If star players still want to team up in the best cities and play for the top franchises, then what exactly did the NBA lockout accomplish? Heat guard Dwyane Wade is wondering the same thing.
“Yeah, no. I don’t see it helping right now,” Wade said when asked about the lockout Monday. “Maybe in a few years we will look back and say it did.”
Wade told reporters competitive balance was a “pie in the sky” ideal. He says that playing in some cities is more attractive than others.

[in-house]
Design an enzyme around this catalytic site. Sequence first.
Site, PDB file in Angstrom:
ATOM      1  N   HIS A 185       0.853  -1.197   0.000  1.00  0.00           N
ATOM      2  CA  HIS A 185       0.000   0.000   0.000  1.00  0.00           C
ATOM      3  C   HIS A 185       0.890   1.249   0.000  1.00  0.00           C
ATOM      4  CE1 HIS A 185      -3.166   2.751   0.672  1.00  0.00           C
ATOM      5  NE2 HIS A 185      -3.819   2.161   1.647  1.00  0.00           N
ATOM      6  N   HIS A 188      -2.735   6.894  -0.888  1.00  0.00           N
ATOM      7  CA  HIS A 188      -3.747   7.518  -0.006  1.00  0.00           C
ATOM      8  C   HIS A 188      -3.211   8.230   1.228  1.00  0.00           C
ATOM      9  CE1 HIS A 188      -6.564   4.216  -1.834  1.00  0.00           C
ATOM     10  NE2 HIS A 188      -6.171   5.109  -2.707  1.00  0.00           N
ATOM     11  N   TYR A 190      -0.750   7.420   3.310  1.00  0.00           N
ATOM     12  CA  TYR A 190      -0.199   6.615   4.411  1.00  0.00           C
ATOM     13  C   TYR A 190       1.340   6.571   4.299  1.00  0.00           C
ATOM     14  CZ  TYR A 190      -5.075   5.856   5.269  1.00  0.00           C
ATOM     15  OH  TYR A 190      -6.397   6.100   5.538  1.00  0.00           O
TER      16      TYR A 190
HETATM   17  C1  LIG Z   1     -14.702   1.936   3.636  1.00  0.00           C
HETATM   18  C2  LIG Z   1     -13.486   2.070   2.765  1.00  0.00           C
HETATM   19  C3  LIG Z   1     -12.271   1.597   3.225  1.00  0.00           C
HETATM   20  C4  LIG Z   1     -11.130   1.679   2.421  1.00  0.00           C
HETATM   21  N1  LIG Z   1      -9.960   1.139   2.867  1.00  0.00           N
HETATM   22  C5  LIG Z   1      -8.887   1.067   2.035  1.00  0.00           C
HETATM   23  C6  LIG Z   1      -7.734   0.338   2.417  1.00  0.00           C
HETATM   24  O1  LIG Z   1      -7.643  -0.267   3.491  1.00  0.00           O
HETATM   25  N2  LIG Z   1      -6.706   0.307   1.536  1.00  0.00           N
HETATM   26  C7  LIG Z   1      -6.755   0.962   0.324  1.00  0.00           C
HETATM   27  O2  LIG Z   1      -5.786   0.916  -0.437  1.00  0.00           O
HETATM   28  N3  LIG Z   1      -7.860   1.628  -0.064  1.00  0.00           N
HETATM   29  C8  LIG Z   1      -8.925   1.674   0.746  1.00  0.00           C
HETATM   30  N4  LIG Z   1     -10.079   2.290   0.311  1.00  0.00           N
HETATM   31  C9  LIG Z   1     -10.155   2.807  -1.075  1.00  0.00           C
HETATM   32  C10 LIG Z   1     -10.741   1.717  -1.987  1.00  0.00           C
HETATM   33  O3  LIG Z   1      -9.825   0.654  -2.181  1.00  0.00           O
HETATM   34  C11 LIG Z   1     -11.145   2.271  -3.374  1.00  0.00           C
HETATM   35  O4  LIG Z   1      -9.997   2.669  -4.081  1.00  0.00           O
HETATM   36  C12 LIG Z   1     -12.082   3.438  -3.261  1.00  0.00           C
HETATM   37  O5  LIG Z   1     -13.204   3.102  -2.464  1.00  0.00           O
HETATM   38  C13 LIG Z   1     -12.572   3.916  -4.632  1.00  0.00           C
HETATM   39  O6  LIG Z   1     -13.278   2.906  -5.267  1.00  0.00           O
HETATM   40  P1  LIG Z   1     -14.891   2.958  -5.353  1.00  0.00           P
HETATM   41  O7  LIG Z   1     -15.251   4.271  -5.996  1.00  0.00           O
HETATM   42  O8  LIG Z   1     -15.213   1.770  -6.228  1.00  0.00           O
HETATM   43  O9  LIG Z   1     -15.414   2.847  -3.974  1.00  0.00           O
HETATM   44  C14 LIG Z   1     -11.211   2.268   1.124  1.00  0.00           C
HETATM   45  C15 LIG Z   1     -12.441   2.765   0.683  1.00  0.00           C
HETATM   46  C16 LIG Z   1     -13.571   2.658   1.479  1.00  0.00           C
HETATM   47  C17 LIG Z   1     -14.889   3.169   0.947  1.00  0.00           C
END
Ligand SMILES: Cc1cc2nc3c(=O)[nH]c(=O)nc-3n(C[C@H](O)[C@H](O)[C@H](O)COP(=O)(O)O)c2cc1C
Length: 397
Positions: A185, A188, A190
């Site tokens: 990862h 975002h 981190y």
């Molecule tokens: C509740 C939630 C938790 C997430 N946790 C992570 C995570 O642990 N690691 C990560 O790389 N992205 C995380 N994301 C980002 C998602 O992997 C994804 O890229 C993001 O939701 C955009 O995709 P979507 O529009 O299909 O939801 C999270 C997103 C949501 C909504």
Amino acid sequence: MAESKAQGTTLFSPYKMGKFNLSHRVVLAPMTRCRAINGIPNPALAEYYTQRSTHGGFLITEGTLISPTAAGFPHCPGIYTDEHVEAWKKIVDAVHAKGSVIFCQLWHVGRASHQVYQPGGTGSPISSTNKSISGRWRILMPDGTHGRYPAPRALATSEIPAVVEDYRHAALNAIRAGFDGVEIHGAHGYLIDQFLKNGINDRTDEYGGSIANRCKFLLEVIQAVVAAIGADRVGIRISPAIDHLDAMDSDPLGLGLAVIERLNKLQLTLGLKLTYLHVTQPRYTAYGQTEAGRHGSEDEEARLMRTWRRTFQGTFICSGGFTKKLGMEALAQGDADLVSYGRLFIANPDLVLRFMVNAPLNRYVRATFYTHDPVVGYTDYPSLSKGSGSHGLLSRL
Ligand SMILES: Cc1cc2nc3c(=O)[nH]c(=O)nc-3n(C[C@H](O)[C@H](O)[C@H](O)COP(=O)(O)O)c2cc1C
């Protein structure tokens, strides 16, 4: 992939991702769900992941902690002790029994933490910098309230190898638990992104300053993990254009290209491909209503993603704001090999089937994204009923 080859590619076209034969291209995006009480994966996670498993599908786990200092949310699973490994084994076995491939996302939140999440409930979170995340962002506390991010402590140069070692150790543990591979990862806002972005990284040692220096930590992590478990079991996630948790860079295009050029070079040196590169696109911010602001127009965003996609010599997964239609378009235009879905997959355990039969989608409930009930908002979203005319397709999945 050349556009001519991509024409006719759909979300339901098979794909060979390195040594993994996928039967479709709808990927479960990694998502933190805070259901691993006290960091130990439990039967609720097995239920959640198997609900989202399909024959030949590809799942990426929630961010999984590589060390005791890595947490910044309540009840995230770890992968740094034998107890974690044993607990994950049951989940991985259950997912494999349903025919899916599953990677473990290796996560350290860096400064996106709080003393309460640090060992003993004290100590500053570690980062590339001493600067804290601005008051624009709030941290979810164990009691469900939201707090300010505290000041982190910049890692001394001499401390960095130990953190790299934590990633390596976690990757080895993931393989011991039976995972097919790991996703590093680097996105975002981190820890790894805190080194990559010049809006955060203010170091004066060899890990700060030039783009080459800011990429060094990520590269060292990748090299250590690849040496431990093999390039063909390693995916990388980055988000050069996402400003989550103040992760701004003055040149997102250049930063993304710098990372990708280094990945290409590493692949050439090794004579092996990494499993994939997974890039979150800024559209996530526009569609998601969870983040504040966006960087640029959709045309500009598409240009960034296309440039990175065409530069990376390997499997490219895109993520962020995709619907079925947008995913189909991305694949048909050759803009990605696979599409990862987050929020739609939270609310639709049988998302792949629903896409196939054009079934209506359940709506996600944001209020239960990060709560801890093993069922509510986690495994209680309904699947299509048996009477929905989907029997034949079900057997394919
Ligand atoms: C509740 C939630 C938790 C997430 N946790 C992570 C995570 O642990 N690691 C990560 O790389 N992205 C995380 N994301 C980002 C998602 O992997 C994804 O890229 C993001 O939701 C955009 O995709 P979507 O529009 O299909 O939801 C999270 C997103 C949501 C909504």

“We knew [competitive balance] was impossible, especially when you’ve got players willing to take less money to be happy,” Wade said.
Wade was likely talking about guys like Shane Battier, who signed for less money to play with the Heat. I actually disagree with Wade. The Cavs were one of the best teams in the NBA when they had LeBron. The Magic have been to the Finals with Dwight. Oklahoma City is one of the best teams in the West. All those teams became successful building through the draft.
If you draft well, you have a chance as a small-market team. The real problem is that the NBA allows teams to spend above the salary cap, which generally favors the teams in big cities.
via I am a GMGoogle+